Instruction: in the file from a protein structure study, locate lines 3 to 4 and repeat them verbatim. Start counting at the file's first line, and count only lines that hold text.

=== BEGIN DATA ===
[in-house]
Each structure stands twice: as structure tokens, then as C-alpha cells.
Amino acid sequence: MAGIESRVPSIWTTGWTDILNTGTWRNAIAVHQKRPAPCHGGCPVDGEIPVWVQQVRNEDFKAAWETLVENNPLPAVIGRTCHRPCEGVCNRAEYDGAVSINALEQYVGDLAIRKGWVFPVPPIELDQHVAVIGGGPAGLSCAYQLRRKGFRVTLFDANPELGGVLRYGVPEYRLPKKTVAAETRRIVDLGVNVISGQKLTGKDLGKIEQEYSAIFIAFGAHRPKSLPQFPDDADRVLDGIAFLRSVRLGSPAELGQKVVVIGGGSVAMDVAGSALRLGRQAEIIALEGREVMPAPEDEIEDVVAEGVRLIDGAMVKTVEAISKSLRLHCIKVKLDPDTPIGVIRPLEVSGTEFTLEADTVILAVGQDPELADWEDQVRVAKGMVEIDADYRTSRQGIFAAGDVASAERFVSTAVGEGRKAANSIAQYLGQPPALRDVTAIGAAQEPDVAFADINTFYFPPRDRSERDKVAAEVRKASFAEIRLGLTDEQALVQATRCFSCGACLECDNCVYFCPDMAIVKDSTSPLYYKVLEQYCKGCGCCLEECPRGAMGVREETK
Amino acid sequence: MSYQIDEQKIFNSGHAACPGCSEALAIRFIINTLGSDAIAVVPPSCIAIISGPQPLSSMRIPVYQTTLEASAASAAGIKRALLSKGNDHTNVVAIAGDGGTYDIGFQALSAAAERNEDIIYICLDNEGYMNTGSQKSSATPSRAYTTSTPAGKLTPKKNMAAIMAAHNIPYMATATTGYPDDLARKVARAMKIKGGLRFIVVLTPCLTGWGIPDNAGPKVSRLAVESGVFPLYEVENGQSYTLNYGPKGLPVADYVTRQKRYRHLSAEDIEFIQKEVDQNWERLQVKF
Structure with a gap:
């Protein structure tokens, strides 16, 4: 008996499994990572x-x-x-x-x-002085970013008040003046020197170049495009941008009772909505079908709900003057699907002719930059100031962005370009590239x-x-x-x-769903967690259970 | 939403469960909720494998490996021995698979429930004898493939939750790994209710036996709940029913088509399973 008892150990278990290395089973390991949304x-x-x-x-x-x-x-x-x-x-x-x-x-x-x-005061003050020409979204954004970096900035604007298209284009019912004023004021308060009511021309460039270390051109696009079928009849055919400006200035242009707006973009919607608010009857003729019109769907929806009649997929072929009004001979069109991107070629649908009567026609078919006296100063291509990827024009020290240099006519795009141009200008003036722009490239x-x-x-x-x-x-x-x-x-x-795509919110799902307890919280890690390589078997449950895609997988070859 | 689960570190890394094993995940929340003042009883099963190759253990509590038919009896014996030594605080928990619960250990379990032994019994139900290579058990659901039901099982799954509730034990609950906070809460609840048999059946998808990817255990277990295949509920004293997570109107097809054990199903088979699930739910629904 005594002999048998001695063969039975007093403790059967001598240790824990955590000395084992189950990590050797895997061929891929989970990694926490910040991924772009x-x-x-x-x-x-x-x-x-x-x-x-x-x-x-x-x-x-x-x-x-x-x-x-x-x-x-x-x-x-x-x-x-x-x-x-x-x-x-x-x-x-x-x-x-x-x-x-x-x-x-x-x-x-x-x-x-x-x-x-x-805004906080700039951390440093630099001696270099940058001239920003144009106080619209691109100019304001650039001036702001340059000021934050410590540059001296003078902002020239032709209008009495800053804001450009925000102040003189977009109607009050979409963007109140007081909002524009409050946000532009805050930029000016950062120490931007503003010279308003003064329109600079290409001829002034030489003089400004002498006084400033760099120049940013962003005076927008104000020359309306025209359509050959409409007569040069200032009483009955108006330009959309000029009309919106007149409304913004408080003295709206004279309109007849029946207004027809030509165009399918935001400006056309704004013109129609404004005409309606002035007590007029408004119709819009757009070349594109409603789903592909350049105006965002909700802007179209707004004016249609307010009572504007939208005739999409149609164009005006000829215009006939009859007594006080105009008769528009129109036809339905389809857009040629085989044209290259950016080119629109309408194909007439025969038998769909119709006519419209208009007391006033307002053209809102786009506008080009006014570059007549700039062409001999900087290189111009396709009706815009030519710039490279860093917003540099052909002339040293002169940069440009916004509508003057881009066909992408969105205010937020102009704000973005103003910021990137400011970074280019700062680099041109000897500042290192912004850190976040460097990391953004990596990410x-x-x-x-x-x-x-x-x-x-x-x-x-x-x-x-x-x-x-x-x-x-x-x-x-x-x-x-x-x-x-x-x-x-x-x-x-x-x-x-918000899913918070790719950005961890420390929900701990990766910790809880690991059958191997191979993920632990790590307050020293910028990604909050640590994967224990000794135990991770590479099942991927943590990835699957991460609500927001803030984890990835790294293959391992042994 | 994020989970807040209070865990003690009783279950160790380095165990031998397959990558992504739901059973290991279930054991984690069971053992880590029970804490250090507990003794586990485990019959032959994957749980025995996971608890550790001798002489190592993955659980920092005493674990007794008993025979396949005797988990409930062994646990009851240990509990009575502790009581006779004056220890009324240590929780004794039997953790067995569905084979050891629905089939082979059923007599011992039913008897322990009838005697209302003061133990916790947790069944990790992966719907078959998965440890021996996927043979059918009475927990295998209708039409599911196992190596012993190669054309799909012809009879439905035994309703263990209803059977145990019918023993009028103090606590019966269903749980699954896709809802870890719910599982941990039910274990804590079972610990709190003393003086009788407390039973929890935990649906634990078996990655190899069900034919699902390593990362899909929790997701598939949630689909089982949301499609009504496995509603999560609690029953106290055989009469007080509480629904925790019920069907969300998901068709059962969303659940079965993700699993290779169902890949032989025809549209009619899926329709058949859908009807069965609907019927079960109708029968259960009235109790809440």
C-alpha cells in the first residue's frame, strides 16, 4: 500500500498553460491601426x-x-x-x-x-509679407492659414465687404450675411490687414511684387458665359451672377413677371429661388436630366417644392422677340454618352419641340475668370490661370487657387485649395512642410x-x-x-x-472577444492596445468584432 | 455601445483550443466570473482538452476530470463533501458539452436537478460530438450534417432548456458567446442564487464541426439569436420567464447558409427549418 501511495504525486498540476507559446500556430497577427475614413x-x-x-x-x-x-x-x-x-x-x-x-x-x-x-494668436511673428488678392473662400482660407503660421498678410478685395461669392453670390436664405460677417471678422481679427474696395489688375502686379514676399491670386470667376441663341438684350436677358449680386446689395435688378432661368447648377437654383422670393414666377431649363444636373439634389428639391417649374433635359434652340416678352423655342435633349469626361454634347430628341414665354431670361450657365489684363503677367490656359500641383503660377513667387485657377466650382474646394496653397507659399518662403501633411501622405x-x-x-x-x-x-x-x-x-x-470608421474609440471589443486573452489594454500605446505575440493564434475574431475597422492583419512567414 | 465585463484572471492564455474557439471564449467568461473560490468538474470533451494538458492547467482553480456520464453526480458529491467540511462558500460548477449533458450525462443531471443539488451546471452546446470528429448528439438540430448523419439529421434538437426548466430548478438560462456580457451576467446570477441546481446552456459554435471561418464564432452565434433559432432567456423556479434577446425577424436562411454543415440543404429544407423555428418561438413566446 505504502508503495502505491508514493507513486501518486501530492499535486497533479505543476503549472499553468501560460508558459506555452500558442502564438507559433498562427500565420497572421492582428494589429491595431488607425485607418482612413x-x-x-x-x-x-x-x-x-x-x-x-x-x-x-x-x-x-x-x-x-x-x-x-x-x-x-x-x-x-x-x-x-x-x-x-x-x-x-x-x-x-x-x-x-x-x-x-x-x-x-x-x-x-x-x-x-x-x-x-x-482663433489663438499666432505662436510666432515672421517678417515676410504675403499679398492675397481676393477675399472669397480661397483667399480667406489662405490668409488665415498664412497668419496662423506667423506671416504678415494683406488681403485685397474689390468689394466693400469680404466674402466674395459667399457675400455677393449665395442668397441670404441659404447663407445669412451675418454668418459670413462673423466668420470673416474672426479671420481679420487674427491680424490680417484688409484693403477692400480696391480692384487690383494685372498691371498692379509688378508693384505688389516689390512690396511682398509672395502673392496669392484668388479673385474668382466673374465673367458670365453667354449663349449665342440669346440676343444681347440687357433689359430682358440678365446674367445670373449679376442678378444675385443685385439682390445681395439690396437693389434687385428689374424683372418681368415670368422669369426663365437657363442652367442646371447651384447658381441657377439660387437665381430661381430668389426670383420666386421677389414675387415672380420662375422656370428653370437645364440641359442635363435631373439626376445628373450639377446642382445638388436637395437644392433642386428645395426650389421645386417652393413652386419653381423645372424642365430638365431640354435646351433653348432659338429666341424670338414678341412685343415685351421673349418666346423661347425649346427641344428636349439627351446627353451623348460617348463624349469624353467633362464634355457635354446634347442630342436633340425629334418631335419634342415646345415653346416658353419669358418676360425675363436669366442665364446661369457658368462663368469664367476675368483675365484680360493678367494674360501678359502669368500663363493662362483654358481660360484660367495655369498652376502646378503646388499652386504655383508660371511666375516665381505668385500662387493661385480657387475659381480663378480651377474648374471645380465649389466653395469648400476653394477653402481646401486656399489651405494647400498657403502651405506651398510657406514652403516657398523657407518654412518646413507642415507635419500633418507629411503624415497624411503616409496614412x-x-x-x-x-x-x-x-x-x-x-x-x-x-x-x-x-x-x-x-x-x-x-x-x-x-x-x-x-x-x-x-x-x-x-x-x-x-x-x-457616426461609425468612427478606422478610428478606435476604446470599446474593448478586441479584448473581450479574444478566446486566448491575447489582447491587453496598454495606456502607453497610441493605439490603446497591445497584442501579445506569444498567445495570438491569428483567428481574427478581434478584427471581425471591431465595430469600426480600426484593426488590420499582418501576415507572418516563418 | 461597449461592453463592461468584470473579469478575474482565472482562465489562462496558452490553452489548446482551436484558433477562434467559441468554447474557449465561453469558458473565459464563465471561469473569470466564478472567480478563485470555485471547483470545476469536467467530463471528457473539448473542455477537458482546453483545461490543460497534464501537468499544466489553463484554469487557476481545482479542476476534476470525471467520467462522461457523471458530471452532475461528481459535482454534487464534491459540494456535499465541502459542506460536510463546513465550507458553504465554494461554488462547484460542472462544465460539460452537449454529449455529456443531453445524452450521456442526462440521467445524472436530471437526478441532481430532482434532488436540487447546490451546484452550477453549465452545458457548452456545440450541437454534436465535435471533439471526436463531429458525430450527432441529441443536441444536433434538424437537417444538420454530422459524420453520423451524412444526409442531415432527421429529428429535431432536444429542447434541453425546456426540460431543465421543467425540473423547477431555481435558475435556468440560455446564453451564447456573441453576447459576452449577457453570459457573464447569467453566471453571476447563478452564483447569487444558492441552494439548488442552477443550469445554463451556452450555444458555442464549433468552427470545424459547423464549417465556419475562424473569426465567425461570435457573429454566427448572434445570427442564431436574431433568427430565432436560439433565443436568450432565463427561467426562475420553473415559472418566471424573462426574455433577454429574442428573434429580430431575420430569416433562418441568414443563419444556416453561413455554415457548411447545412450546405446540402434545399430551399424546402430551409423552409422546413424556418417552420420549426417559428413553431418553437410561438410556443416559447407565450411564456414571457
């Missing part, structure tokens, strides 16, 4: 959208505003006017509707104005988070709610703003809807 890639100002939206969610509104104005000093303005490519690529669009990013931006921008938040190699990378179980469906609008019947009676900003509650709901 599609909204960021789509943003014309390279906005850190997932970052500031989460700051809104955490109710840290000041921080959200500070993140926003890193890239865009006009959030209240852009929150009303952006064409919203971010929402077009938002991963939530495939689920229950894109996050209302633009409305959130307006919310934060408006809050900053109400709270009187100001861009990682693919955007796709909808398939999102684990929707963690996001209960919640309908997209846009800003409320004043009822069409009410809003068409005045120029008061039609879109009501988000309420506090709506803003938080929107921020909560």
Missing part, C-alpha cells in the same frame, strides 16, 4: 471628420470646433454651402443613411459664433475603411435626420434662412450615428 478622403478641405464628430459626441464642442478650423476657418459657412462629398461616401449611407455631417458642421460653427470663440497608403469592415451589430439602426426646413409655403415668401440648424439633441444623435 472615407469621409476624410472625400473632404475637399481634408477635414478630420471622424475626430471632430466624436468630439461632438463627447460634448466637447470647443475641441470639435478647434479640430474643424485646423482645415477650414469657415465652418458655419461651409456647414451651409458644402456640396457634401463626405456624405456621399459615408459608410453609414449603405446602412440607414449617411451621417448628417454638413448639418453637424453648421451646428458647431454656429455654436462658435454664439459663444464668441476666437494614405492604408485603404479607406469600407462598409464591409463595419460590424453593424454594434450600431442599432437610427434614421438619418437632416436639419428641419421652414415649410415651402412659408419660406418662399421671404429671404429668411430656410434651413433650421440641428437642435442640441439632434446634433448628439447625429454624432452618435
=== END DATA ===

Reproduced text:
Amino acid sequence: MAGIESRVPSIWTTGWTDILNTGTWRNAIAVHQKRPAPCHGGCPVDGEIPVWVQQVRNEDFKAAWETLVENNPLPAVIGRTCHRPCEGVCNRAEYDGAVSINALEQYVGDLAIRKGWVFPVPPIELDQHVAVIGGGPAGLSCAYQLRRKGFRVTLFDANPELGGVLRYGVPEYRLPKKTVAAETRRIVDLGVNVISGQKLTGKDLGKIEQEYSAIFIAFGAHRPKSLPQFPDDADRVLDGIAFLRSVRLGSPAELGQKVVVIGGGSVAMDVAGSALRLGRQAEIIALEGREVMPAPEDEIEDVVAEGVRLIDGAMVKTVEAISKSLRLHCIKVKLDPDTPIGVIRPLEVSGTEFTLEADTVILAVGQDPELADWEDQVRVAKGMVEIDADYRTSRQGIFAAGDVASAERFVSTAVGEGRKAANSIAQYLGQPPALRDVTAIGAAQEPDVAFADINTFYFPPRDRSERDKVAAEVRKASFAEIRLGLTDEQALVQATRCFSCGACLECDNCVYFCPDMAIVKDSTSPLYYKVLEQYCKGCGCCLEECPRGAMGVREETK
Amino acid sequence: MSYQIDEQKIFNSGHAACPGCSEALAIRFIINTLGSDAIAVVPPSCIAIISGPQPLSSMRIPVYQTTLEASAASAAGIKRALLSKGNDHTNVVAIAGDGGTYDIGFQALSAAAERNEDIIYICLDNEGYMNTGSQKSSATPSRAYTTSTPAGKLTPKKNMAAIMAAHNIPYMATATTGYPDDLARKVARAMKIKGGLRFIVVLTPCLTGWGIPDNAGPKVSRLAVESGVFPLYEVENGQSYTLNYGPKGLPVADYVTRQKRYRHLSAEDIEFIQKEVDQNWERLQVKF